I am honored to have received the NSF CAREER award for a proposal on optimization methods and theory for the joint formulation of dimension reduction and clustering. You can read about the award here in the UM press release and also here on the NSF website. Dimension reduction and clustering are arguably the two most critical problems in unsupervised machine learning; they are used universally for data exploration and understanding. Often dimension reduction is used before clustering (or vice versa) to lend tractability to the modeling algorithm. It’s more typical in real data to see clusters each with their own low-dimensional structure, and so a joint formulation is of great interest. I look forward to working toward this end in the next stage of my career.

Army Young Investigator

I am very excited that my project “Mathematics for Learning Nonlinear Generalizations of Subspace Models in High Dimensions” has won the Army Young Investigator award! Subspace models are widely used due to simplicity and ease of analysis. However, while these linear models are very powerful in many high-dimensional data contexts, they also often miss out on important nonlinearities in real data. This project aims to extend recent advances in signal processing to the single-index model and the nonlinear variety model. Read the department’s announcement here.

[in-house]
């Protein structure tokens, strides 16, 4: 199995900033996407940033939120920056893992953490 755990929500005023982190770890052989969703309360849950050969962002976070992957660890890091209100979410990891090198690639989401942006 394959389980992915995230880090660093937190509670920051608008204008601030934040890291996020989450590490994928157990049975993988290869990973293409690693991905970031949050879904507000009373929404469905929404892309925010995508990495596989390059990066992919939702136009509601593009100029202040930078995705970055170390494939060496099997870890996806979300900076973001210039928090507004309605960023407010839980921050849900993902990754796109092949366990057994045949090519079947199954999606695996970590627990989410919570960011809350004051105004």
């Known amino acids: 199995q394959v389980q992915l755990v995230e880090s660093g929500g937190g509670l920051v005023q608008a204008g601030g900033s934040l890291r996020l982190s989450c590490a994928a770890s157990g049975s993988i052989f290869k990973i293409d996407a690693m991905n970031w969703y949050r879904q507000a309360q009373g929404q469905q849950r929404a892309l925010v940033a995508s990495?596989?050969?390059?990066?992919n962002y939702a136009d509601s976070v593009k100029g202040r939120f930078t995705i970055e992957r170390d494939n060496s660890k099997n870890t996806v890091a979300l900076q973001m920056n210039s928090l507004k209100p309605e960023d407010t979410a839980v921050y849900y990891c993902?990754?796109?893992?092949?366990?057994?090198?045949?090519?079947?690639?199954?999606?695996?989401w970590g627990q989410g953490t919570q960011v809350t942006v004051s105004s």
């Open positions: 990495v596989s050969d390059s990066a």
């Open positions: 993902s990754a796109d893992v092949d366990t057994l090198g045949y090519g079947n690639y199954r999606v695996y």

Postdoc Opportunity at the University of Michigan

to begin in spring 2019.

 

Please email Laura Balzano <girasole@umich.edu> with the subject “Joining the Balzano lab — postdoc 2019” if you are interested.